BEIJING--Pork prices rose 3.4 percent week-on-week in the previous week ended July 3 compared to an increase of 4.5 percent the week before, according to the Ministry of Commerce (MOC) Tuesday.
Since early May pork prices have continued to rise in China mainly due to a domestic shortage of pigs and higher pig feed costs caused by rising grain prices.
Pork prices soared 40.4 percent year-on-year and helped drive inflation to a 34-month high in May.
Pork is the most widely consumed and affordable meat in China, and its price weighs heavily on the consumer price index (CPI).
The MOC data also showed that during the week ended July 3, the price of chicken rose 0.5 percent while that of mutton gained 0.4 percent. However, beef prices dipped 0.2 percent.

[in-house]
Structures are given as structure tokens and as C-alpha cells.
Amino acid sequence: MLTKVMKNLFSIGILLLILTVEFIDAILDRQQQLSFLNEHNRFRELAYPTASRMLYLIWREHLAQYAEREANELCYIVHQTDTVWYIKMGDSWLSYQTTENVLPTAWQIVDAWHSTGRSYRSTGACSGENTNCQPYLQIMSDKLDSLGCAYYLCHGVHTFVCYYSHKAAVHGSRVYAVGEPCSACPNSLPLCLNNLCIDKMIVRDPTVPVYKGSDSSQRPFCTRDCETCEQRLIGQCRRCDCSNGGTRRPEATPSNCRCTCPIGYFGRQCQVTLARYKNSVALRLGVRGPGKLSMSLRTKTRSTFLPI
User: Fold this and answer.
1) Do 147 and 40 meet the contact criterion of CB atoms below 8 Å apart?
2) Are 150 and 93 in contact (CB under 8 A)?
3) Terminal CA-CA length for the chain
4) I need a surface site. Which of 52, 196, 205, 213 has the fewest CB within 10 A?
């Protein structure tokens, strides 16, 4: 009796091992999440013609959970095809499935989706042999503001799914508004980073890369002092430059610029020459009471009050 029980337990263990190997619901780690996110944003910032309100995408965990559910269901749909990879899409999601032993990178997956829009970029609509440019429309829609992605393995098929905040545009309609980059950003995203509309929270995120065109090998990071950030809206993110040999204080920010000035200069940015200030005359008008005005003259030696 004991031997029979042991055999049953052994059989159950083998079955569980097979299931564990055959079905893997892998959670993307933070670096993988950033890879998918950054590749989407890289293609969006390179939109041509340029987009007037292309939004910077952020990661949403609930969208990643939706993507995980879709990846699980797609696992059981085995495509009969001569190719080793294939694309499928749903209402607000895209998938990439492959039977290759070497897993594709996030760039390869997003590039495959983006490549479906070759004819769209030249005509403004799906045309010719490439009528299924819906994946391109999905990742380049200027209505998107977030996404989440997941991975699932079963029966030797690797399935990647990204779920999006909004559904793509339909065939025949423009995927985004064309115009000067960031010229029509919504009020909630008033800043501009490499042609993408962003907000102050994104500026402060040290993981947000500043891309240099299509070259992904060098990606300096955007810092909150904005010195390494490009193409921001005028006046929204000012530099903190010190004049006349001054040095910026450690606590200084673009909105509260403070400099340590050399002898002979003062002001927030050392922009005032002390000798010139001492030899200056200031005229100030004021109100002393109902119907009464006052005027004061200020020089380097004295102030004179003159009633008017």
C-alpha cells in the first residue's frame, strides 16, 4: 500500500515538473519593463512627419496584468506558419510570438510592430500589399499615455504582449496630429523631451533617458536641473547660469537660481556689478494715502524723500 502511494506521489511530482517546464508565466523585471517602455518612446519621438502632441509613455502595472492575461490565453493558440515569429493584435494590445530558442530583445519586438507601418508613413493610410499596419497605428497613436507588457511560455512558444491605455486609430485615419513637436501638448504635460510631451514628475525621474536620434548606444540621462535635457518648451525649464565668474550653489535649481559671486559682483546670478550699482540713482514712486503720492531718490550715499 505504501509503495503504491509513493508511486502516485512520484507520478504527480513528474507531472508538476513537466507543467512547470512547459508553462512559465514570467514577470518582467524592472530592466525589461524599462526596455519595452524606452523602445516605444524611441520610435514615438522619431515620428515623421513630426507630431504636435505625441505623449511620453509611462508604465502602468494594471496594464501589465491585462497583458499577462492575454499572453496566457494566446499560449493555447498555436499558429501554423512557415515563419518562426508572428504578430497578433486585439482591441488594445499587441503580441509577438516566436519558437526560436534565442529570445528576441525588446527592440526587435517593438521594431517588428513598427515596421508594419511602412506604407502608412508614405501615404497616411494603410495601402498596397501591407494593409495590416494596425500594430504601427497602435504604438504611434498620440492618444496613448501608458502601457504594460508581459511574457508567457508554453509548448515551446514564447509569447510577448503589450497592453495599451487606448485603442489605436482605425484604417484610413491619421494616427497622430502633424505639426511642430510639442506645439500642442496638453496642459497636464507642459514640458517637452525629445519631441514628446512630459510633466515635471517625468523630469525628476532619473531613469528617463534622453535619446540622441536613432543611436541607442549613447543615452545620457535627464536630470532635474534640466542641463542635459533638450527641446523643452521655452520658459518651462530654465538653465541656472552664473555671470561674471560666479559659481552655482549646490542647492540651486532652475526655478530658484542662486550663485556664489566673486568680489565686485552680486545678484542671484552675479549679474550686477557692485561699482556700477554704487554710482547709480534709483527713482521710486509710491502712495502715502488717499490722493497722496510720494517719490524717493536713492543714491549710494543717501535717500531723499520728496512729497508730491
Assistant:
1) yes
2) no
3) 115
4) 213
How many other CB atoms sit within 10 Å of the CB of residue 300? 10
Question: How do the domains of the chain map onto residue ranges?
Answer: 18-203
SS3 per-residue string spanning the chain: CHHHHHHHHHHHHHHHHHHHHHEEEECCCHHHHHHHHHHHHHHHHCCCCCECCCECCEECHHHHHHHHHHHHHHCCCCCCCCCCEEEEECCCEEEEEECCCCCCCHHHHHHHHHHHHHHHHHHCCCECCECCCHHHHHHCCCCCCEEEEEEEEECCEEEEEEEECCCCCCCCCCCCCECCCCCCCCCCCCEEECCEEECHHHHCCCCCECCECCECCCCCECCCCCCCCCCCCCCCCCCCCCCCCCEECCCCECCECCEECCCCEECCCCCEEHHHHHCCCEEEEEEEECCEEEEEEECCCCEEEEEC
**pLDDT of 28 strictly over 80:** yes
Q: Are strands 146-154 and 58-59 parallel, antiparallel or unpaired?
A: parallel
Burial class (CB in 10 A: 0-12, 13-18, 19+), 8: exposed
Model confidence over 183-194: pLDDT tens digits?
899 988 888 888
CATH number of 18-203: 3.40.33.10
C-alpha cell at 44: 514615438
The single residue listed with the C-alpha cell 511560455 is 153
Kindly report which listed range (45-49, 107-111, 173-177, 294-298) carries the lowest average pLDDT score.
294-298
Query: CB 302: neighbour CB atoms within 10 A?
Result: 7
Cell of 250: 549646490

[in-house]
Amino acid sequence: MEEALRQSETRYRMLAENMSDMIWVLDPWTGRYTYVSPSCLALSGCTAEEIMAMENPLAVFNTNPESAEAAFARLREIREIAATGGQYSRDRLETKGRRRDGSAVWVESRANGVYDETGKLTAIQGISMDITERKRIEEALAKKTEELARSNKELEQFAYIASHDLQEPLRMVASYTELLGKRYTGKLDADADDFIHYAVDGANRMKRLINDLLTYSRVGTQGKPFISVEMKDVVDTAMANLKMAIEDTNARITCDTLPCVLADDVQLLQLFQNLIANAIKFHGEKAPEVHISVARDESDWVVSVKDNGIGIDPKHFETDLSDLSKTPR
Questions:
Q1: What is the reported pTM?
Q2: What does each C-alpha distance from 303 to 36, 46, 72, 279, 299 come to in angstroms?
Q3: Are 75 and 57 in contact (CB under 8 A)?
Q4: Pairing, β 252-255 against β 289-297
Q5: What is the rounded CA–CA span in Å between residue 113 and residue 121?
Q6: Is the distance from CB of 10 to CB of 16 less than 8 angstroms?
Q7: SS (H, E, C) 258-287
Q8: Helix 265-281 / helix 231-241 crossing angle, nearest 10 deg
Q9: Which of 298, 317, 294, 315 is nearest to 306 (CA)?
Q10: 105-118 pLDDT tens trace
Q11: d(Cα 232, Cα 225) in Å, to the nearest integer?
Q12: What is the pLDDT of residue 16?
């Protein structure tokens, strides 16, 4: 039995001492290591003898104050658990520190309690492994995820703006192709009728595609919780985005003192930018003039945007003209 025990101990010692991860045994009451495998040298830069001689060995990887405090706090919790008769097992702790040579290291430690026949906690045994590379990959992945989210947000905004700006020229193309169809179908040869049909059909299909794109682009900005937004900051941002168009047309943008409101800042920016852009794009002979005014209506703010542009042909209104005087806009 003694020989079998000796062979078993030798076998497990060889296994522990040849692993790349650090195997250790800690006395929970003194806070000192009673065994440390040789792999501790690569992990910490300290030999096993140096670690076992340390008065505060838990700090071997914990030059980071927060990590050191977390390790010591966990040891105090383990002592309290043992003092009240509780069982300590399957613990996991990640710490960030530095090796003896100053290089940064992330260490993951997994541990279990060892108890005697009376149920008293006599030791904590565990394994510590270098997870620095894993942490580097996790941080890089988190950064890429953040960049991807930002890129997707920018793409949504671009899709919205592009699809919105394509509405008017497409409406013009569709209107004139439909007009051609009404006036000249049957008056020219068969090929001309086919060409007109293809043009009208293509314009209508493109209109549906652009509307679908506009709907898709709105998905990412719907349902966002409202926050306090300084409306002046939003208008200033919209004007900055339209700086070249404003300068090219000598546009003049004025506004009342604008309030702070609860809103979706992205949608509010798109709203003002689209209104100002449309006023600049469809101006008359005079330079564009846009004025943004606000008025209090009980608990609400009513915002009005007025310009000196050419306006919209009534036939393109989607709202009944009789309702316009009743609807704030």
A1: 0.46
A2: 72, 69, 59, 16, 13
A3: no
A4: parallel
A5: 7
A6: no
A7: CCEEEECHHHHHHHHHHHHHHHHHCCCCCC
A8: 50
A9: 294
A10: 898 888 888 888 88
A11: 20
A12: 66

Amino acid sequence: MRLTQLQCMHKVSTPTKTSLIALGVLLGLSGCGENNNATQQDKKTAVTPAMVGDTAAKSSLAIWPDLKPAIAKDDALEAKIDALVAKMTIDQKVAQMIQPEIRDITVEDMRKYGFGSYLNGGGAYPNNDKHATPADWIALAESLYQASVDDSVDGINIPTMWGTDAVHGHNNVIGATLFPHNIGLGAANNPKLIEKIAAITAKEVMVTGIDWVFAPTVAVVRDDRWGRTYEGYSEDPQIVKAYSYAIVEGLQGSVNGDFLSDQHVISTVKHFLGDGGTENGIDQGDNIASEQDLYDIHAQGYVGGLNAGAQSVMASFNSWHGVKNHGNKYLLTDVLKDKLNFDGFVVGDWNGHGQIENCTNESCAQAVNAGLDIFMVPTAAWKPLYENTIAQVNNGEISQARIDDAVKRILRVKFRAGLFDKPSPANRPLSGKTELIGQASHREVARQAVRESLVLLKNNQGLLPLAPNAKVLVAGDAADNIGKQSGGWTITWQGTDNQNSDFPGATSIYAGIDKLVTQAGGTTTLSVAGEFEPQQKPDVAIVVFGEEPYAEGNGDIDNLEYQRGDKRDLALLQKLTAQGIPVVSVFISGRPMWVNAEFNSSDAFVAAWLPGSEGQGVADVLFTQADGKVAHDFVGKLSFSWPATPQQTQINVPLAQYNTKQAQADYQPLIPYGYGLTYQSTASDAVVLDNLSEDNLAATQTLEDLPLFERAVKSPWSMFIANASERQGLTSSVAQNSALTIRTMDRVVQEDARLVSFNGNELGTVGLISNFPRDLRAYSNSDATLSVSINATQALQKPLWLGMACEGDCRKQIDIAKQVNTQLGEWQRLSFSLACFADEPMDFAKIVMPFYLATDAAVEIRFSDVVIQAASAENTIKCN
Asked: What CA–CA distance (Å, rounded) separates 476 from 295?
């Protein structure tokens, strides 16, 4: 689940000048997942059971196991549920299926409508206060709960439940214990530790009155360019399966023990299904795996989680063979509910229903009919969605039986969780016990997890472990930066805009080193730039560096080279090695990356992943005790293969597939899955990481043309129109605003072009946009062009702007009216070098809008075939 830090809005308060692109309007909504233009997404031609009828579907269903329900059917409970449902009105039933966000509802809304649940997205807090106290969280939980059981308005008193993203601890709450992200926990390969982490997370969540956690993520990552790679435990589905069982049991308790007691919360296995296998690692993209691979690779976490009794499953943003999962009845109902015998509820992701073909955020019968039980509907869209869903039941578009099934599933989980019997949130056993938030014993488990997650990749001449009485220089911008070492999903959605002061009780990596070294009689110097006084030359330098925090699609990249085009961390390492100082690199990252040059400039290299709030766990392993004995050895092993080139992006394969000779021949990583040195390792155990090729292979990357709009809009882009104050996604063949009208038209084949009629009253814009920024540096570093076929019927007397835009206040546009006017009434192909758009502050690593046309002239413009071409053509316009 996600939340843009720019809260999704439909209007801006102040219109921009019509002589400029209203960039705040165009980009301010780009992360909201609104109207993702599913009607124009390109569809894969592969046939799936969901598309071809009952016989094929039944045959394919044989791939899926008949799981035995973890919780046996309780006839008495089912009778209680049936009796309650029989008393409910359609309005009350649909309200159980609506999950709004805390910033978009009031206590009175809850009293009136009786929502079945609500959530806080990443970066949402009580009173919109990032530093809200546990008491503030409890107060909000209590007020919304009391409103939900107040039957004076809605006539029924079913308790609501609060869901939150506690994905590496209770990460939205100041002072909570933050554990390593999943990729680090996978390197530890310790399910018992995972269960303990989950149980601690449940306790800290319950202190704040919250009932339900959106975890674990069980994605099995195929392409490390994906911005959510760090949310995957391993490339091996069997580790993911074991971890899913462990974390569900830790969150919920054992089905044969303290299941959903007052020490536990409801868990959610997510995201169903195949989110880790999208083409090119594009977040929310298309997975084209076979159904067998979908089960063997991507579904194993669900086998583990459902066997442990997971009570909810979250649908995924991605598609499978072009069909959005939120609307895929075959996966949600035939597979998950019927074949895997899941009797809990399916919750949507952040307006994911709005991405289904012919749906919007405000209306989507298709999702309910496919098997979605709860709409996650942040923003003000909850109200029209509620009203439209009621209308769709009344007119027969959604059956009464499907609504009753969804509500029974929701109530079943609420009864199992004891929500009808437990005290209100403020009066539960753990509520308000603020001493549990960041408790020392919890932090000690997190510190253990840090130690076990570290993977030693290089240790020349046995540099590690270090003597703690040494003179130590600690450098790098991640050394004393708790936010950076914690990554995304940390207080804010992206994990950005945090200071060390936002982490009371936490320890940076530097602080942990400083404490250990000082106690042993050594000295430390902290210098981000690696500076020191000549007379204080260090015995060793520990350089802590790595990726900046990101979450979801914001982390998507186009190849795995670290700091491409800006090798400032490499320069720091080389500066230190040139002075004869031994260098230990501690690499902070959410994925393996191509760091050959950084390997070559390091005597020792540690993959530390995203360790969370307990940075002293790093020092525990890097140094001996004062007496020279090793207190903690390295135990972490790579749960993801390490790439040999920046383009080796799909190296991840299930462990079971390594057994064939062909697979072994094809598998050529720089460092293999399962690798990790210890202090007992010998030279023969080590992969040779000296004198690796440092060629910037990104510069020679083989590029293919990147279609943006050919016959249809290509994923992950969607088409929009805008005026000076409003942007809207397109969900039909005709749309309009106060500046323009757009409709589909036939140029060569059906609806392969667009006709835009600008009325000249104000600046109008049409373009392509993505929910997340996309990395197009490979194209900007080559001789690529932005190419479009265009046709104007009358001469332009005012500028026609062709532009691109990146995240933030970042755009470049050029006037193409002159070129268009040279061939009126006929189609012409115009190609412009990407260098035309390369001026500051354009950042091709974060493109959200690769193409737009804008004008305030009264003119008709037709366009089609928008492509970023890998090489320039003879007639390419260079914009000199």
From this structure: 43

The price of fish, rice, flour and cooking oil rose as well.
The average wholesale prices of 18 staple vegetables were almost flat, while the wholesale prices of specific vegetables were mixed.
The wholesale price of cabbages surged 14.3 percent while that of garlic, potato and onion dropped 16.4 percent and 7.8 percent, respectively.
Food prices have a key weight in the calculation of CPI, a major gauge of inflation.
Prices of most producer goods, which are another major factor in the CPI calculation, fell during the period from the previous week.
Minerals, energy, steel, rubber, chemical products and construction materials posted price declines in the week, while the prices of raw materials for light industry and non-ferrous metals rose, according to the MOC.